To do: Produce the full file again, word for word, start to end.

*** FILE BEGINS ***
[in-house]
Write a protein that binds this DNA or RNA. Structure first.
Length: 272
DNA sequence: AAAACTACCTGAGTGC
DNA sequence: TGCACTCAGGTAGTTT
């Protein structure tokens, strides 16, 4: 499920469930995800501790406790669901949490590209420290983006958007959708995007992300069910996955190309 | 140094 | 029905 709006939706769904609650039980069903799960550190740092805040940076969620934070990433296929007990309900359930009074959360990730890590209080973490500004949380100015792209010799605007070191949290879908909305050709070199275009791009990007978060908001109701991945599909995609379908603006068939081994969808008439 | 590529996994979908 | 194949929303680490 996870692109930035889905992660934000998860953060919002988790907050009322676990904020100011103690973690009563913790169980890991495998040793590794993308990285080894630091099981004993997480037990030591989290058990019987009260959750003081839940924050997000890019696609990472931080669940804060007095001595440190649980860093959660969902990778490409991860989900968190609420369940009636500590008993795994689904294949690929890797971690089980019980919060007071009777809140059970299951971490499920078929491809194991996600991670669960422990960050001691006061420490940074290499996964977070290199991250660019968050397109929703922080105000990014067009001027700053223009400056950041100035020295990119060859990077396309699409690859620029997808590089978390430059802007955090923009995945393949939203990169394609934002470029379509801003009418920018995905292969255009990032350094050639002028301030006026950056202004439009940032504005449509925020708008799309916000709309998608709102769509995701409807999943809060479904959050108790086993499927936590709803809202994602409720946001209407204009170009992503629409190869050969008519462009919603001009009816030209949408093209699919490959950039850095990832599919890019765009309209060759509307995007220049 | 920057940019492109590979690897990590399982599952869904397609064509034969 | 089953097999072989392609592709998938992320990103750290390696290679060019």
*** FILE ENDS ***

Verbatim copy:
[in-house]
Write a protein that binds this DNA or RNA. Structure first.
Length: 272
DNA sequence: AAAACTACCTGAGTGC
DNA sequence: TGCACTCAGGTAGTTT
């Protein structure tokens, strides 16, 4: 499920469930995800501790406790669901949490590209420290983006958007959708995007992300069910996955190309 | 140094 | 029905 709006939706769904609650039980069903799960550190740092805040940076969620934070990433296929007990309900359930009074959360990730890590209080973490500004949380100015792209010799605007070191949290879908909305050709070199275009791009990007978060908001109701991945599909995609379908603006068939081994969808008439 | 590529996994979908 | 194949929303680490 996870692109930035889905992660934000998860953060919002988790907050009322676990904020100011103690973690009563913790169980890991495998040793590794993308990285080894630091099981004993997480037990030591989290058990019987009260959750003081839940924050997000890019696609990472931080669940804060007095001595440190649980860093959660969902990778490409991860989900968190609420369940009636500590008993795994689904294949690929890797971690089980019980919060007071009777809140059970299951971490499920078929491809194991996600991670669960422990960050001691006061420490940074290499996964977070290199991250660019968050397109929703922080105000990014067009001027700053223009400056950041100035020295990119060859990077396309699409690859620029997808590089978390430059802007955090923009995945393949939203990169394609934002470029379509801003009418920018995905292969255009990032350094050639002028301030006026950056202004439009940032504005449509925020708008799309916000709309998608709102769509995701409807999943809060479904959050108790086993499927936590709803809202994602409720946001209407204009170009992503629409190869050969008519462009919603001009009816030209949408093209699919490959950039850095990832599919890019765009309209060759509307995007220049 | 920057940019492109590979690897990590399982599952869904397609064509034969 | 089953097999072989392609592709998938992320990103750290390696290679060019």